This book is the penultimate book in a romantic suspense series about the Fitzgerald family (who apparently has a very suspenseful and romantically inclined few months during the murder investigation). Although I hadn't read any of the previous books in the series, this book had all of the information needed to understand what was going on. However, there are several loose ends in the book, leaving an opening for us to explore the romantic inclinations of Ryan Fitzgerald AND to discover *dum dum dum* the murderer. (At least I certainly HOPE we discover who the murderer is.) :) I really needed some fluffy reading at the moment that I picked this book up, and this certainly delivered. Light, quick, fun, romantic, and suspenseful. I'm glad I read it, and I'll probably pick up some of the others in the series (at the very least I'll pick up the last book so I can finish the story).

My four-star rating is on the well-you-knew-it-was-Harlequin scale. :)

Nov 12, 2012, 9:39am

>119 Ape: Stephen, I'd be at a loss without you. :)

>120 qebo: qebo, you know I hadn't thought about that. It's a good point.

>121 JDHomrighausen: Jonathan No, I haven't read The Man Who Loved China, but I've heard good things about it. Thanks for bringing it up, I might take a look at it. There's no rush on House of Wisdom. We're pretty casual in our group reads...there are certain members who are a bit behind. You know who you are. ;)

>122 kidzdoc: Hi Darryl! I hope you like it. :) Just be sure to get the right one, because there's others on the same topic with the same title! The title in the UK was much more creative.

>123 SandDune: Hope you like it when you do get around to it! :) I haven't seen/heard of him except as the author of this book. I guess that's because I don't really watch TV or listen to the radio very much. I don't even podcast! I'm missing out on a lot of good information that way, I know, but I just can't get myself to be interested in those things for any reasonable length of time.

>124 patito-de-hule: Ah. Thanks. The reason I asked is that I was thinking of reading it while I was in MN for Thanksgiving...I don't want to carry around too many books...this one's on the Nook so it's perfect. But I need a book that I can put down for a while and pick back up again without feeling like I've lost continuity.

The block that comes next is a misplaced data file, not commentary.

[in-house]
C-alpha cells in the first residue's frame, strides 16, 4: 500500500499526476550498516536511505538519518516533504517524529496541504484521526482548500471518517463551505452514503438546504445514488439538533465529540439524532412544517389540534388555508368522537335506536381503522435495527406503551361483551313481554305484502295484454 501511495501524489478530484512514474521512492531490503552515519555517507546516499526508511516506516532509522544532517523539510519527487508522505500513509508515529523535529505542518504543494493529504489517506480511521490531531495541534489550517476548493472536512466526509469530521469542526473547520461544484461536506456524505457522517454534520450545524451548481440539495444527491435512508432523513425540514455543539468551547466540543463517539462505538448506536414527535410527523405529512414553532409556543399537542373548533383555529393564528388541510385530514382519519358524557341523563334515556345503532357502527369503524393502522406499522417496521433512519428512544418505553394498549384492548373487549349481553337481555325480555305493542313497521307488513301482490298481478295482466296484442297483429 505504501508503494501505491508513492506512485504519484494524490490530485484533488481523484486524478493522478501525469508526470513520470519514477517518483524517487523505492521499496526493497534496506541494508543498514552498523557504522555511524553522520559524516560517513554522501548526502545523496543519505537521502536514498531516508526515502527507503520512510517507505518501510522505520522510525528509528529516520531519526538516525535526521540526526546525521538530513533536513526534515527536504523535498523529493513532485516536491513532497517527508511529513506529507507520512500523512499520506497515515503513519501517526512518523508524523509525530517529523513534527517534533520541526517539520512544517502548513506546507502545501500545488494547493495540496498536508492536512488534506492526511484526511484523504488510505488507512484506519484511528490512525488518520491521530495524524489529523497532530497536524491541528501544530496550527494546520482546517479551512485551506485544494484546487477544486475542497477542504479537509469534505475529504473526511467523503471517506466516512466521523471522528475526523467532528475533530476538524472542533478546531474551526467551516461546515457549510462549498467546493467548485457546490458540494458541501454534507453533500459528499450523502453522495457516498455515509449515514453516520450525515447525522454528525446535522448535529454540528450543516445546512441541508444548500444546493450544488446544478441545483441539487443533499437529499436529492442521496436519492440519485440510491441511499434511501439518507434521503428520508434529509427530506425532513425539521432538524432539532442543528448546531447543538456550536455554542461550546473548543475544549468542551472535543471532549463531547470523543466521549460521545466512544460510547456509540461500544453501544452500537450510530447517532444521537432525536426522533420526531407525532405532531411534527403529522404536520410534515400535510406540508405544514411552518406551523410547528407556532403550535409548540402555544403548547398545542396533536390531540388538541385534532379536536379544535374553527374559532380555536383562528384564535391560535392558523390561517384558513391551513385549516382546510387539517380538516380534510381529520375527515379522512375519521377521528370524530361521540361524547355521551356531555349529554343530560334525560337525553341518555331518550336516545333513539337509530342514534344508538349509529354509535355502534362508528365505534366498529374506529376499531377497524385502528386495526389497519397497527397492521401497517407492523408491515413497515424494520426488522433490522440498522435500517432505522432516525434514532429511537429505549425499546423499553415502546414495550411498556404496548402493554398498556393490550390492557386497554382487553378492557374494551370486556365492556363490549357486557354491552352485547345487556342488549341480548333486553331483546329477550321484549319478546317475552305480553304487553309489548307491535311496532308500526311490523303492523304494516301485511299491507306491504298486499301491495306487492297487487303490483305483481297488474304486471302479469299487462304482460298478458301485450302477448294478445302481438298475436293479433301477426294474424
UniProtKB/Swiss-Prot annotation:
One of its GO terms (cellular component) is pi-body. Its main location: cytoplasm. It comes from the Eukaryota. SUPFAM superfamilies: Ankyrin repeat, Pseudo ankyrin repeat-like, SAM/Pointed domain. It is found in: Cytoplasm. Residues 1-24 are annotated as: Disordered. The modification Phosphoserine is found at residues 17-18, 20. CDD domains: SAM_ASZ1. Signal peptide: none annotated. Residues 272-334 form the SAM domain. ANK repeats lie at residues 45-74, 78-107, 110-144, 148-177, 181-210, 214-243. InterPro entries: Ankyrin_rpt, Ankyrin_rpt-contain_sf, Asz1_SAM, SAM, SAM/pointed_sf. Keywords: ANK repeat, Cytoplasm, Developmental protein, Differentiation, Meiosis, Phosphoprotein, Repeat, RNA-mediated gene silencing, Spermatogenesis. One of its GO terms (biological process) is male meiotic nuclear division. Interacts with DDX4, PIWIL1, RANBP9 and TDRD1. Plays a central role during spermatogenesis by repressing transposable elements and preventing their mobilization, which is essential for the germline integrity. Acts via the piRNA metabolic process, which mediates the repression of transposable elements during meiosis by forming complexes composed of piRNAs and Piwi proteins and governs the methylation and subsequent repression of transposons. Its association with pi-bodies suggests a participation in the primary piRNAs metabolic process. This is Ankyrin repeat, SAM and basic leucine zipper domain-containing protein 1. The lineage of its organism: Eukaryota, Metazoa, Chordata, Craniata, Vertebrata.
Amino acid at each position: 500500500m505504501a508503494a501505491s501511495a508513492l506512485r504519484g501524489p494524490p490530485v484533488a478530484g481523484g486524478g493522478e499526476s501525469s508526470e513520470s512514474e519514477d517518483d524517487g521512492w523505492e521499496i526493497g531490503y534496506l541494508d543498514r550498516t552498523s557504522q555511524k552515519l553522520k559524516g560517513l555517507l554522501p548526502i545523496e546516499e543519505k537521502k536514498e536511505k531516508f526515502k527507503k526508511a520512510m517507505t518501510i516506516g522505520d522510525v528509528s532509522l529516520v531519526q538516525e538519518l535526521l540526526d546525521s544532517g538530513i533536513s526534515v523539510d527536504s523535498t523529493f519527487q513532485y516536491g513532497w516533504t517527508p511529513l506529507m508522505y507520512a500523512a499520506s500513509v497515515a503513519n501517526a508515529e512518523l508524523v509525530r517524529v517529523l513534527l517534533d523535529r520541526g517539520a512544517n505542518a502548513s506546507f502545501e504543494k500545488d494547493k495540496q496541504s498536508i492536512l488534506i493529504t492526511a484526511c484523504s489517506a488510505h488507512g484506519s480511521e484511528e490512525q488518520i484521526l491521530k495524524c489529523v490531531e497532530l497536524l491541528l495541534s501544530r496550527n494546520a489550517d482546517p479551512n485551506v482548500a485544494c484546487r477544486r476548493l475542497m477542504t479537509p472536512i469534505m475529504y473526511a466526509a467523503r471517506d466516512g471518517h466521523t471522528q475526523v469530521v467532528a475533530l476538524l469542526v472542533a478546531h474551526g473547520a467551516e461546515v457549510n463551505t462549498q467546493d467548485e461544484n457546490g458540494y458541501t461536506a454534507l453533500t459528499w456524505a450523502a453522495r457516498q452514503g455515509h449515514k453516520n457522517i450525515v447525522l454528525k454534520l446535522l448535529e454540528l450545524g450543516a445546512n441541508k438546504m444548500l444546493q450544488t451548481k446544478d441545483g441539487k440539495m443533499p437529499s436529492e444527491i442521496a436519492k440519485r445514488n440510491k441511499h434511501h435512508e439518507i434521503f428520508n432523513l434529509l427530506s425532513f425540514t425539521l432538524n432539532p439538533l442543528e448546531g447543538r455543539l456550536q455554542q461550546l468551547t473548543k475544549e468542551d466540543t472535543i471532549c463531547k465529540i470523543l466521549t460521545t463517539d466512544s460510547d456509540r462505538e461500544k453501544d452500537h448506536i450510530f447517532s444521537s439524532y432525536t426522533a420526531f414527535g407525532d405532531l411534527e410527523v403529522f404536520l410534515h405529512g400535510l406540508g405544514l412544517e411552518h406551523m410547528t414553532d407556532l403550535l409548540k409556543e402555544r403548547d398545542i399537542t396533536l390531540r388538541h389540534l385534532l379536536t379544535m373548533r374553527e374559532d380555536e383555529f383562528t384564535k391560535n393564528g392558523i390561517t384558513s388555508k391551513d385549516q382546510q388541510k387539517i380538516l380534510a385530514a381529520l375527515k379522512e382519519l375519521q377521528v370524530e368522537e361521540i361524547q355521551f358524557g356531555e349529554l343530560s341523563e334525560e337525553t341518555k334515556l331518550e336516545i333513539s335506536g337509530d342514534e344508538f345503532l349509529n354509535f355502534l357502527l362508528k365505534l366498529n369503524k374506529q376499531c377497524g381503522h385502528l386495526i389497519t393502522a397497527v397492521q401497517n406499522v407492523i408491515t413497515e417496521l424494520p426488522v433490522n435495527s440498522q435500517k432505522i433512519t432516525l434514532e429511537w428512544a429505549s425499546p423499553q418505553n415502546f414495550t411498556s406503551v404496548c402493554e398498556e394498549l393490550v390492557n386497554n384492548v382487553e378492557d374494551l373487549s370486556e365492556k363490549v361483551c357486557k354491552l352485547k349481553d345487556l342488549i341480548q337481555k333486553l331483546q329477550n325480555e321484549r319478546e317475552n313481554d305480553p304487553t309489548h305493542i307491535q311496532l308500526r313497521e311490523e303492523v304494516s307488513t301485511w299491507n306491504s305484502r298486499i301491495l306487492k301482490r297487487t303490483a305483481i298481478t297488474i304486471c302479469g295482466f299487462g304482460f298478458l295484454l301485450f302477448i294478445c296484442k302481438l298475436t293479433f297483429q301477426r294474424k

Nov 13, 2012, 7:24am

Book 158: The Marshal's Promise, by Rhonda Gibson

Reason for reading: This is one of November's picks for the American Christian Fiction Writers Association online book club. Anyone is welcome to join. Discussions start on the 20th, and this book only takes a couple hours to read.

My Review
In this sweet little Christian historical romance put out by the Harlequin publishing company, Rebecca Ramsey has been forced by her evil stepmother to answer an advert for a mail-order bride. But upon arriving in New Mexico territories, she discovers that her husband-to-be has been killed. With nowhere to go, she decides to make her home in New Mexico. Luckily, the Marshal offers her a job as his housekeeper. But does the Marshal have an ulterior motive for his offer? Sparks fly as these two learn that communication works better than secrets. This was a very cute little book, and there were some really sweetly romantic moments in it. There were also some tartly romantic moments. ;) If you're looking for a light historical romance, this is a good choice; however, this book has quite a few anachronisms in it so it's not to be read by the seriously hard-core historical fiction readers. This book is meant to be fun and sweet, not cerebrally historic.

Disclaimer: Again, this book is rated on the well-you-knew-it-was-Harlequin scale.

Nov 13, 2012, 7:38am

I haven't read a Harlequin in decades! Though I do have a Harlequin Teen on Mount TBR something about a lady in a steel corset or something.

Nov 13, 2012, 9:43am

:) I haven't read any of their teen line. I wonder if they're having good success with that one?

Nov 13, 2012, 9:49am

Catching up; saying hi.

>103 The_Hibernator:, 107 Amen, sister. Statistical significance, ftw.

Edited: Nov 13, 2012, 11:11am

Hi Nora! *waves*

Hamlet Act 1 Scene 1:

Setting: Sentinels stand on the battlements of the castle

Characters: Barnardo, Marcellus, and Francisco of the King's guard; Horatio, an educated gentleman, skeptical of ghosts, friend of Hamlet

Twice recently, Barnardo and Marcellus have had their watch interrupted on the stroke of 1AM by an apparition in the form of the recently deceased King Hamlet. Fearing to speak to the ghost themselves, they had invited the skeptical scholar Horatio. Upon the tolling of the hour, the ghost appears, and Horatio calls out, charging it to speak. But the ghost stalks silently away. Our skeptical scholar (and therefore our audience) is now convinced that the ghost is not a fantasy. Aggrieved, Horatio suggests that the ghost is an ill omen.

The three men then begin gossiping about an upcoming war, for which the ghost might be a portent. Thus, the audience is educated: Many years before, the late King Hamlet had slain in battle Fortinbras, the King of Norway. King Hamlet had confiscated some treasures and lands in that battle, which were given to young Hamlet upon his father's death. The son of the late King Fortinbras, also named Fortinbras, has decided (after brooding for 30 years) to avenge his father's death and seize the lands back from young Hamlet. He's been gathering a band of misfits to wage war on Denmark. (This band of misfits apparently morphs into a well-organized army by the end of the play...nice to have footnotes to point out all the inconsistencies!)